I don’t know why they didn’t make a bigger deal out of it but it was sort of stealth issued.

  22. Looked at the 2 quarters in my pocket. Very disappointed that they are just plain old quarters. To whom do I complain?

  23. Since I usually use a credit card I rarely notice coins. I have a change-purse full of them in my pocket, because I generally pay cash at the Farmers’ Market and wind up with change, but I don’t tend to use them for anything except on the rare occasion that I use a parking meter for a short stop at a shop. I try to decline pennies; I have jars full of them at home that don’t even make decent bookends.

  24. If I can figure out how to purchase rolls of just one type, I’ll pay all my debts, public and private, with Perry’s Victory quarters.

  25. Hey, I seem to actually have one of those Ohio quarters in my pocket!
    I stopped collecting coins as a young teenager – collecting wasn’t really that interesting, books were better, and since the US had stopped issuing silver coins a few years earlier, they were becoming hard to find.

    However, I’d been looking forward to the Richard Nixon Dollar Coin when it came out (I think it was scheduled for 2016?) , and it looks like they’ll only be printing a few for collectors, not actually circulating the things. I knew That Crook would find a way to weasel out of it, even though he’s dead.

  26. I, ah, wasn’t aware that they had finished with the 50 states run.

    Cash never *stays* in my pockets – the bills get spent and the change goes in the piggy bank.

    @ Ronny – I’m for dumping the penny as a form of currency but apparently the zinc lobby is just too dang powerful.

    And I thought it was a Lincoln thing. Huh.

  27. I noticed that they moved on from the State Quarters to the Tourist Attraction quarters mostly because I collect coins and I notice such things (and I pay attention when I get change, which really freaks out cashiers who think you’re checking up on them).

    Some of them are nice and some – like the South Dakota “Love Song to Jefferson’s Nose” – are just ridiculous. But none are as absurd as the Presidential Dollars, which were just glorified arcade tokens. I hope they go back to the Sacajawea dollars – those were nice coins.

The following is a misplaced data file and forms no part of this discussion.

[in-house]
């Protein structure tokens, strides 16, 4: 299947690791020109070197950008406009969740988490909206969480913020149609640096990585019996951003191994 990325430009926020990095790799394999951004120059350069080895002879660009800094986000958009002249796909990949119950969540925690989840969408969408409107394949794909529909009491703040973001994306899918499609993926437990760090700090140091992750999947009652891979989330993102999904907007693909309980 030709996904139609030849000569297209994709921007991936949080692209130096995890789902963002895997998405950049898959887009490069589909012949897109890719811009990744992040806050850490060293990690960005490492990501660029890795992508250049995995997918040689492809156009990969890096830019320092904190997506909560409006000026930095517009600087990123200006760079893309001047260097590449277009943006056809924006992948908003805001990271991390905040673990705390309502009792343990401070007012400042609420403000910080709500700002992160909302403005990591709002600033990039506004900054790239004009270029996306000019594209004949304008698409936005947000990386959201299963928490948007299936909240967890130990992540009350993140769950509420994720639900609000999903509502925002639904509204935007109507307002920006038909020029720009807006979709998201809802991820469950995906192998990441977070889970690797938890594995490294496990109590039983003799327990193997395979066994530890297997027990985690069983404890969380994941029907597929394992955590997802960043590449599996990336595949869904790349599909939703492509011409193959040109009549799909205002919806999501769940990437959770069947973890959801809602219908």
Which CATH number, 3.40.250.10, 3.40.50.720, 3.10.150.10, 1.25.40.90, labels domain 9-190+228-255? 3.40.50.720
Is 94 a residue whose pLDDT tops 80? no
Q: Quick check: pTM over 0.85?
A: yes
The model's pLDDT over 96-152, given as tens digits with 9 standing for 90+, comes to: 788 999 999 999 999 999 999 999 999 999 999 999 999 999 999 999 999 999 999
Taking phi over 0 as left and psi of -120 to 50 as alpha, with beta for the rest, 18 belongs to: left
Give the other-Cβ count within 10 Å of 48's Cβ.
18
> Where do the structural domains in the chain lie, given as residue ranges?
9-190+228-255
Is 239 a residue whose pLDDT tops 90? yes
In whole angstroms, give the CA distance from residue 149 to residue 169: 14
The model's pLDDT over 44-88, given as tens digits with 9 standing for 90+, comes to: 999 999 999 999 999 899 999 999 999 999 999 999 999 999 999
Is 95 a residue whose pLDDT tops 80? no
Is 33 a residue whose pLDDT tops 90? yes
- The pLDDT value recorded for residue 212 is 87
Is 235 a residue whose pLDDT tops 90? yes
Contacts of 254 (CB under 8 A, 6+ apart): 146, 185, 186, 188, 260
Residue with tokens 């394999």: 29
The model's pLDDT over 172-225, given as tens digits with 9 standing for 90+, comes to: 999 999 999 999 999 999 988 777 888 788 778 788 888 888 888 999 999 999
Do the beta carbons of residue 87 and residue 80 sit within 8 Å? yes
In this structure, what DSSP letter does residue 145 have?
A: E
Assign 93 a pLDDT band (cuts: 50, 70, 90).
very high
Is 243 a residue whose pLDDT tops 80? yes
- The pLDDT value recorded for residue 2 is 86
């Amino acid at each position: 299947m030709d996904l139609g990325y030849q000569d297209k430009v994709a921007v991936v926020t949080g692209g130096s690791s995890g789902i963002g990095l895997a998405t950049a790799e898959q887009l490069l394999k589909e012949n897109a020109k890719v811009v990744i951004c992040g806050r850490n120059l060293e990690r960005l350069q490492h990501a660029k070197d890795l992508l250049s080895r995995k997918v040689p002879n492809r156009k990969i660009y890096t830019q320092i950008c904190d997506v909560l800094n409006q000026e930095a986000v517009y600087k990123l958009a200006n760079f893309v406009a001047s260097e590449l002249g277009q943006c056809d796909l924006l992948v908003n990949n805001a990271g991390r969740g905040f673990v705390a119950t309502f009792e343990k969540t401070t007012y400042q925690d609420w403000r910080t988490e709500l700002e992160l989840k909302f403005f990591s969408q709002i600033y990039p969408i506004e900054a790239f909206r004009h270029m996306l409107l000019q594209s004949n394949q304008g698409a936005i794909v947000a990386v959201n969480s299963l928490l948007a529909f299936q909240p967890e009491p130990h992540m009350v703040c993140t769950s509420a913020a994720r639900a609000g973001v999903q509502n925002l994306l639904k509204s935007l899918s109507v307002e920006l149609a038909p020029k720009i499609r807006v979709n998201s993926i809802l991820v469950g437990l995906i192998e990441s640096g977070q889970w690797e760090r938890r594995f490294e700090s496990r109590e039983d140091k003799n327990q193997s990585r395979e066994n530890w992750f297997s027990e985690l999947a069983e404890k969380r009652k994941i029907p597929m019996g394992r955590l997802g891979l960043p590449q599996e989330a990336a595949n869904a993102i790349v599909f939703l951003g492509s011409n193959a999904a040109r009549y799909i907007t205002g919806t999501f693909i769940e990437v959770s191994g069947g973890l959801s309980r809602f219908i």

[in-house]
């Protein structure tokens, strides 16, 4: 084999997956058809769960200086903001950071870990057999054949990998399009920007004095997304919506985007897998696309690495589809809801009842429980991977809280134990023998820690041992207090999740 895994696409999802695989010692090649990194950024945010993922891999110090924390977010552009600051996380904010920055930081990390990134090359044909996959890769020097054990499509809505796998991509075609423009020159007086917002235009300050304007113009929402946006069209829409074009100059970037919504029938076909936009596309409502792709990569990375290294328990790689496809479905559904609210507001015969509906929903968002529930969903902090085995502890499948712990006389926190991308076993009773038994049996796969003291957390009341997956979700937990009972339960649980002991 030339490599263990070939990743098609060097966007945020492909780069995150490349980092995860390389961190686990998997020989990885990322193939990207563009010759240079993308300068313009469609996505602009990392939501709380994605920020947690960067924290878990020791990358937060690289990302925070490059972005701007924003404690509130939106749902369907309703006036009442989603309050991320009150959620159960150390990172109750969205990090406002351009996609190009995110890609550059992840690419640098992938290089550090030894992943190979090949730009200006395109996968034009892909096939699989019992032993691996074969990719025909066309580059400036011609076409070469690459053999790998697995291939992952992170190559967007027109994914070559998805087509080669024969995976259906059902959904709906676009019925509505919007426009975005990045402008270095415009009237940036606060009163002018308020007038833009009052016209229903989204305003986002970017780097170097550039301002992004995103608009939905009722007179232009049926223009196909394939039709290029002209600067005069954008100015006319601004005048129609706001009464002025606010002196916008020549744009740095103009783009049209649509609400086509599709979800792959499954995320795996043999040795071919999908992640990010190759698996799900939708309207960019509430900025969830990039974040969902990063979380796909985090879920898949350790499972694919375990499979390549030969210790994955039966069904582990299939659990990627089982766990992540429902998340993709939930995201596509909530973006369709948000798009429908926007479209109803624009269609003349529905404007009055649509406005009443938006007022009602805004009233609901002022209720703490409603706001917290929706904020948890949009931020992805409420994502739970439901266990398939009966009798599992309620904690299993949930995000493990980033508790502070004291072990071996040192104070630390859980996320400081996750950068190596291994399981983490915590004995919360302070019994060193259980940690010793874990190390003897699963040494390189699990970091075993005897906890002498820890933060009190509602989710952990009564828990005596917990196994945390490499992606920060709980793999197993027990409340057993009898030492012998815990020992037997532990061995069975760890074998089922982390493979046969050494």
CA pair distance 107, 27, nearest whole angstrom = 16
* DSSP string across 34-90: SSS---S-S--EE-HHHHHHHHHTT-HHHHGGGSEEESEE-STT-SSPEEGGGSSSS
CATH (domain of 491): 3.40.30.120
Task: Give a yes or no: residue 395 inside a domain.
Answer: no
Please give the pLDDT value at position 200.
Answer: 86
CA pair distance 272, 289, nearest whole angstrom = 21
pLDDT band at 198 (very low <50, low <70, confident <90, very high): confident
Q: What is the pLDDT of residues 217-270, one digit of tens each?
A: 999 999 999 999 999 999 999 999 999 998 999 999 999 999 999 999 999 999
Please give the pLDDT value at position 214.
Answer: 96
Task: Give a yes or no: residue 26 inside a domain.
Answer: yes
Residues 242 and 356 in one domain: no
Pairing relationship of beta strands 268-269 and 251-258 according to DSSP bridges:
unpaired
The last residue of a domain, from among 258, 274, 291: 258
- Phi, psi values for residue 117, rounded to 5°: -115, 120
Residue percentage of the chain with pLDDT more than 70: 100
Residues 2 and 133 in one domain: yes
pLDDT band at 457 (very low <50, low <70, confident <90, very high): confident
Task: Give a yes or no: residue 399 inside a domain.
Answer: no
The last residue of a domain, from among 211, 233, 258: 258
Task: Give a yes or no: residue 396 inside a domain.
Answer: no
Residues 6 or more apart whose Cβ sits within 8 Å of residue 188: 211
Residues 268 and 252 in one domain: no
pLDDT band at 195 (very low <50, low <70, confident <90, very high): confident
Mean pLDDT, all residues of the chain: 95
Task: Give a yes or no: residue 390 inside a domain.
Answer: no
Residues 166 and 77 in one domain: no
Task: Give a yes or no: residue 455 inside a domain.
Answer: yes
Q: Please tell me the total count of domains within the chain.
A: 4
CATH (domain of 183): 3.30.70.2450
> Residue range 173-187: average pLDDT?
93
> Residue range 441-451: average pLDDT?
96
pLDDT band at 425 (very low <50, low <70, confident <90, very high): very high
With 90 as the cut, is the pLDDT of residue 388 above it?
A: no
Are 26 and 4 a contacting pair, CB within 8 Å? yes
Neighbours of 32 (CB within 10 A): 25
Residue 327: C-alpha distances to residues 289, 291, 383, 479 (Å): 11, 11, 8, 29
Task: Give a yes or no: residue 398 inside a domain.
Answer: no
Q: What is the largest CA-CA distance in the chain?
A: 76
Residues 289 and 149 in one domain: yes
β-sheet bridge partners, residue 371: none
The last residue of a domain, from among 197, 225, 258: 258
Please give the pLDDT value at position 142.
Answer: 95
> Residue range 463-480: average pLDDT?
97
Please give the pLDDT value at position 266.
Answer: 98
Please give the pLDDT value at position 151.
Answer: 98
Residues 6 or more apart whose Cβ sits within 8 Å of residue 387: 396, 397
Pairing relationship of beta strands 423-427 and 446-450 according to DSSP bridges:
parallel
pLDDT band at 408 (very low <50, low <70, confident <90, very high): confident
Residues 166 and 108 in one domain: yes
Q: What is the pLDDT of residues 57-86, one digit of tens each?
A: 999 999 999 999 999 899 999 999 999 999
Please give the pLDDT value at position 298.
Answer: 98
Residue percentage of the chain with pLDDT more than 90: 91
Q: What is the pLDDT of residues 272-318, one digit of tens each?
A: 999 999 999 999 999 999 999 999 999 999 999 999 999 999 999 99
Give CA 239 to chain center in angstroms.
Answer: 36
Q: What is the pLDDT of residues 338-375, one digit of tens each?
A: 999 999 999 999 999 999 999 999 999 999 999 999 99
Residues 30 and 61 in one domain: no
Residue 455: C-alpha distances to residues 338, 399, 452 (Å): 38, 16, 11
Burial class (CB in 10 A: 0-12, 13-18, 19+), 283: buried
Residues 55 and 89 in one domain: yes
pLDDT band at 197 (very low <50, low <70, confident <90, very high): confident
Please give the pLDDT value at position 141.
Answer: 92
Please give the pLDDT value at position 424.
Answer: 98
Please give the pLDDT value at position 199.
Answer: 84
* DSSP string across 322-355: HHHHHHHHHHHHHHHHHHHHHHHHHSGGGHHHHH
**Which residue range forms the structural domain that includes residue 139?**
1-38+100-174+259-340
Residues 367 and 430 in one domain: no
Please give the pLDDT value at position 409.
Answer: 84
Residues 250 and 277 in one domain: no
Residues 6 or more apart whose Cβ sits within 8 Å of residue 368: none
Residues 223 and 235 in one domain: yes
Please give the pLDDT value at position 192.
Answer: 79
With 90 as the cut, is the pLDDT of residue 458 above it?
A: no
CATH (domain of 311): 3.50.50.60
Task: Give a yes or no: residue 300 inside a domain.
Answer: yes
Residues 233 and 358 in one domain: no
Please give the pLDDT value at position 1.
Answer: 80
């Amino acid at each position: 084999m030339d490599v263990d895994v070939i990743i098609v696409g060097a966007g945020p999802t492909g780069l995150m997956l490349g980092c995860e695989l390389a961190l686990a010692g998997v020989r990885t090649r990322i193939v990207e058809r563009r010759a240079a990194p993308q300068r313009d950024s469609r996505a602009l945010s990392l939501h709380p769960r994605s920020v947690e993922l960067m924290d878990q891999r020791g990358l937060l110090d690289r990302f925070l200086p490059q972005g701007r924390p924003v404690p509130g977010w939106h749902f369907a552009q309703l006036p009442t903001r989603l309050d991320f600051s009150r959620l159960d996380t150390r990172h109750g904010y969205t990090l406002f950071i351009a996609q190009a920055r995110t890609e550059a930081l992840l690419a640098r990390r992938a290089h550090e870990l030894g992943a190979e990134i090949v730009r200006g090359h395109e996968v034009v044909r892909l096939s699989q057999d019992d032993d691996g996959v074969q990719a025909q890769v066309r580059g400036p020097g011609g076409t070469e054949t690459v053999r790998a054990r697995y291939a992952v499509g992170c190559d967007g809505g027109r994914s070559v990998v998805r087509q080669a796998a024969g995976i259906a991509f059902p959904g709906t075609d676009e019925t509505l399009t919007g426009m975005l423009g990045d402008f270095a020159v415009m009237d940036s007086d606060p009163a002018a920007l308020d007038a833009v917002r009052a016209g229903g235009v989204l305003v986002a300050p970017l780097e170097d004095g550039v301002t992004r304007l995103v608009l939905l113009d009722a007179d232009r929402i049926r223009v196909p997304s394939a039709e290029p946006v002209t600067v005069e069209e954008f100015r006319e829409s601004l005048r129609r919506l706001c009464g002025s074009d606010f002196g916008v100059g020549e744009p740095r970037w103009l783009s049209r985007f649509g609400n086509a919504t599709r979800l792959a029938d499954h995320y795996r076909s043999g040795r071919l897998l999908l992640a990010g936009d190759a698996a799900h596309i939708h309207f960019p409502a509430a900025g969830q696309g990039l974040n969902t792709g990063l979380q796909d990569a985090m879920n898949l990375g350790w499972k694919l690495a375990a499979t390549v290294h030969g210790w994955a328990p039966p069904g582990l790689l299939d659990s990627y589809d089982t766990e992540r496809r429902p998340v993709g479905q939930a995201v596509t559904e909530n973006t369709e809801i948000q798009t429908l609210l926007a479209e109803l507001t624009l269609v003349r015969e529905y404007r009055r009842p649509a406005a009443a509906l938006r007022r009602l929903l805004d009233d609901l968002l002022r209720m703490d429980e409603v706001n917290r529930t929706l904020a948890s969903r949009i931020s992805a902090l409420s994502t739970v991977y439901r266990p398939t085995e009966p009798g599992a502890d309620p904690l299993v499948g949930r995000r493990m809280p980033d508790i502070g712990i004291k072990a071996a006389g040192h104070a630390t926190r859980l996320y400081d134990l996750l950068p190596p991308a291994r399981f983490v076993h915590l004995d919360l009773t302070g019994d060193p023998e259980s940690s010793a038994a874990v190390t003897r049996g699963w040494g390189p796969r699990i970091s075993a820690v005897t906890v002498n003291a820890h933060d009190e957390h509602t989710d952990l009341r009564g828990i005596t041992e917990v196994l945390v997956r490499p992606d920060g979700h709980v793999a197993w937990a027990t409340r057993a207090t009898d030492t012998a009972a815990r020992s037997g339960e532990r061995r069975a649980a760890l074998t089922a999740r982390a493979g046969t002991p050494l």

28. Am aware of ‘em and was aware that they were going to be, but I’m a person who used to check whether my change contained a 1982 dime.
    PS: 1982 dimes are, so far as someone who doesn’t keep track could tell, far rarer than even a wheat penny, pocket change wise.

  29. I’d put aside Great Basin (Nevada) and Great Smoky Mountains (Tennessee) when I noticed them while rolling up accumulated change (which I save for spending on trips). The scene on Tennessee’s is especially nice, lovely feeling of depth from the fence in the foreground to the mountains in back.

    When I saw the headline on the post I thought you were going to ask for people’s thoughts on ditching the penny, or pushing for a dollar coin that people actually would use. I think our coins and bills could use a major rehaul — make the shapes and sizes of the coins unmistakably different from one another (yes, yes, vending machine refits required and all that), and put some pep into those bills! Our money is so damned dull.

  30. I have a suggestion for the design of Texas’ quarter: the execution room in Huntsville, TX with the inscription, “Texas: Death Row Capital of the Western World” – with a tiny, little bluebonnet (the Texas state flower) at the bottom of the coin.

  31. Well, they aren’t technically state quarters, they are “America the Beautiful Quarters,” and they are mostly national parks. There are 56 of them, releasing 5 per year from 2010 to 2021, with only the Alabama (Tuskeegee Airmen Nat’l Historical Site) quarter in 2021.

    They include DC and the territories, and range from Mt. Rushmore to El Yunque to the Hawai’i Volcanoes Nat’l Park. They are released in the order that the nat’l parks/sites were created.

    In 2014, they are releasing Tennesee, Virginia,Utah, Colorado, and Florida’s nationonal park quarters.

    They are really cool though. I have 8 of them so far!

  32. @historydave –

    I LOVE the Sacagawea dollars! I like them lots, and I had actually heard that part of the problem is that people liked them so much they would not spend them, so the coins kept falling out of circulation.

  33. Hey Anne, if you got a 10p from Australia in your change, it was a decent age given that we moved to dollars and cents in 1966 – I’d hang onto it!!